11 Charles September 6, 2007 at 6:22 pm

Kudos for including Donnie Darko on the list, as well as Welcome to the Dollhouse and Rushmore. Knudsen is right about High School Musical, but the sequel is even better…I’m assuming you and J.D. haven’t seen it yet, ’cause otherwise it would definitely be #1 on both lists.


12 Eric Melin September 7, 2007 at 2:19 pm

I didn’t know it before, but after seeing sexy Zac Efron on the cover of rock ‘n roll’s most respected magazine, Rolling Stone, I am now a HUGE fan of High School Musical!


13 Eric Melin September 7, 2007 at 2:20 pm


I remember Matthew Modine’s wrestling skillz to hot Journey tunage in VisonQuest, but what was Private School? Is that Johnny Depp? Or was that Private Resort? hmmm….


14 Dana September 9, 2007 at 2:01 am

“Private School” also had Matthew Modine in it. His character in the film is dating Phoebe Cates, and I can’t remember the whole plot but there are guys dressing up as girls sneaking into the private school that Cate’s character attends and ridiculous nudity (very 80′s cliche)! I didn’t know Johnny Depp did much between Nightmare On Elm Street and 21 Jump Street, I’m totally adding “Private Resort” to my netflix queue.


15 Eric Melin September 10, 2007 at 6:48 am

Somehow that reminds me of “Young Nurses in Love,” which I don’t think I ever saw with the sound turned up, but which I think might have had female nudity. My memories of the early 80s are a bit hazy sometimes….


16 Guitargrrl73 September 29, 2007 at 3:04 pm

Bravo, Eric! As I commented on J.D.’s list, too many people overlook the satirical genius “Election,” one of my all-time favorite movies ever. Kudos also for “Welcome to the Dollhouse” and “Dazed and Confused,” which totally get the anxieties of school life right. Poor little Dawn Weiner actually made me feel like my life in school wasn’t as bad as I thought it was. I have to say that other than appreciating Bill Murray’s performance in it, I don’t get “Rushmore,” but then I don’t generally get Wes Anderson’s films…And to Alan Rapp, “The Virgin Suicides” shouldn’t count because almost the entire movie takes place at the Lisbon girls’ house or the neighbor boys’ houses, so it doesn’t take place at a school–it centers around school-aged characters. I think of it more as a psychological drama, anyway. What it did get right, though, was the insecurity pubescent boys have around girls, especially hot girls.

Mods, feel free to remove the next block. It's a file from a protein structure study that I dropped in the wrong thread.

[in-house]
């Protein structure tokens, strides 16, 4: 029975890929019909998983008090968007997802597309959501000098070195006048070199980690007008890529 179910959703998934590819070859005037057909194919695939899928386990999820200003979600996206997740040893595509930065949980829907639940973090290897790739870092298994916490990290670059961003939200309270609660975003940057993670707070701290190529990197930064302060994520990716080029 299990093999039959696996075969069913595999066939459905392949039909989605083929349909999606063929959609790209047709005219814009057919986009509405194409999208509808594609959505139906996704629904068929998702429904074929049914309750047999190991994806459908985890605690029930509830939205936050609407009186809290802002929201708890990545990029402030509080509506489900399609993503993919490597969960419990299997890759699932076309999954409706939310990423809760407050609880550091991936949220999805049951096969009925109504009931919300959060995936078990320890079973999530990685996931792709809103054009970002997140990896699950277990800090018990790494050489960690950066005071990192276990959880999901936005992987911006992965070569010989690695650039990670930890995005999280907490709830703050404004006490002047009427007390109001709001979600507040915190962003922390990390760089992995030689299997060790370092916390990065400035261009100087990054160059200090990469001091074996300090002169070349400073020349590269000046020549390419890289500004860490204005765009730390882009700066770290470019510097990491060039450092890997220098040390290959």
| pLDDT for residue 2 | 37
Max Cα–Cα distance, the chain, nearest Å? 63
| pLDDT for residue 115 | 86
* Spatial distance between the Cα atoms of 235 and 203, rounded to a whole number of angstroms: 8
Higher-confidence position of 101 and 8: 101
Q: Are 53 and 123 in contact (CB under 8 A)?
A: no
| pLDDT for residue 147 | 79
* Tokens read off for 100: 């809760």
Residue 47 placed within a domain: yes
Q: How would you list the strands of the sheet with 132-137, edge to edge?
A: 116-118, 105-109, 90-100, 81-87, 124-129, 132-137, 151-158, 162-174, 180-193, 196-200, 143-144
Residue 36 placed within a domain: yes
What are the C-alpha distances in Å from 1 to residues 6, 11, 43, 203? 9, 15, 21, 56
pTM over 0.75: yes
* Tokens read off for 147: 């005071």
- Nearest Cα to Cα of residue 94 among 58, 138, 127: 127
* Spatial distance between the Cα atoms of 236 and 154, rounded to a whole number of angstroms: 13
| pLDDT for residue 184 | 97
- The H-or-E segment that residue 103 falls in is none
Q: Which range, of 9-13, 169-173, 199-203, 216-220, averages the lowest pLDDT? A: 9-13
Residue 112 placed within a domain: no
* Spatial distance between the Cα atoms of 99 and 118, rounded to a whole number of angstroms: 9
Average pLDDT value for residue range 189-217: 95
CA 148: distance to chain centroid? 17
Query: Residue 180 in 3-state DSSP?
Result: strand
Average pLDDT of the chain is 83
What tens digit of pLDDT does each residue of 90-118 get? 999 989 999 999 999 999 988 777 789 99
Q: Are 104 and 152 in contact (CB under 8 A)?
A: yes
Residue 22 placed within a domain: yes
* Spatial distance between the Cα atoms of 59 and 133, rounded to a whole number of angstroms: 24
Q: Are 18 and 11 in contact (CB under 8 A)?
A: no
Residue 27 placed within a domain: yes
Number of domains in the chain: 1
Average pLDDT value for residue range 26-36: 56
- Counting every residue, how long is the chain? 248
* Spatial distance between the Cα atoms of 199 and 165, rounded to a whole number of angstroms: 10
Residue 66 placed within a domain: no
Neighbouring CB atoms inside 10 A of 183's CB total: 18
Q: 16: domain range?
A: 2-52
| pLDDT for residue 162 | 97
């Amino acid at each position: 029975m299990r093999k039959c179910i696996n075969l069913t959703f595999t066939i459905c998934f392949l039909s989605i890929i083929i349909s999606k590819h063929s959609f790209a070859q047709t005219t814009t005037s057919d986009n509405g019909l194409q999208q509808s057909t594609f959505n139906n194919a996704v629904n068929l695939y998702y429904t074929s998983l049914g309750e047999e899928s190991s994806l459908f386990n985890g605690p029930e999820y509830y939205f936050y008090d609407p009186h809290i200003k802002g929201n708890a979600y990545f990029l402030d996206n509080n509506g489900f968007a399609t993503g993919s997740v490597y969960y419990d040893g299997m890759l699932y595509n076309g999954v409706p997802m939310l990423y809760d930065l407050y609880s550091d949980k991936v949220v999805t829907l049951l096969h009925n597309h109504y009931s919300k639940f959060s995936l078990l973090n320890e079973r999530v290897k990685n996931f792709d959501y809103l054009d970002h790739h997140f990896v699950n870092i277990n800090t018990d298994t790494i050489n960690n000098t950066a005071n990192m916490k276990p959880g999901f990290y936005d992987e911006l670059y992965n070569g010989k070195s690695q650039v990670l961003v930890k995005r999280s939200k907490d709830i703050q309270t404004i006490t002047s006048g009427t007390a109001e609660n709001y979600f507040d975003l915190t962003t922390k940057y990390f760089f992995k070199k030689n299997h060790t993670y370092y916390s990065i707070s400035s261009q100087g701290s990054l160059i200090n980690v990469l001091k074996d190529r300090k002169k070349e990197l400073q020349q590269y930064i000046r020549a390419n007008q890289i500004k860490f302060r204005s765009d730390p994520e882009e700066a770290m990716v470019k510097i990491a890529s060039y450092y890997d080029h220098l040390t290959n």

17 Eric Melin October 1, 2007 at 6:08 pm


Poor little Dawn Weiner. It’s a shame she had to die in “Palindromes.”


18 Jesse October 3, 2007 at 1:04 am

Where the hell is the Robert Downey/James Spader classic Tuff Turf?


19 Shawn October 24, 2007 at 8:48 pm

How is it that no one ever remembers the greatest (and most realistic) high school movie of all time – “The Last American Virgin”?!? And even though it just came out “Superbad” is an easy pick for the top ten. And as much as I hate Tom Cruise, “All the Right Movies” deserves a nod as well.


20 Steve October 24, 2007 at 10:03 pm

Revenge of the NerDs?

Come on guys!!!!!

Classic school flick.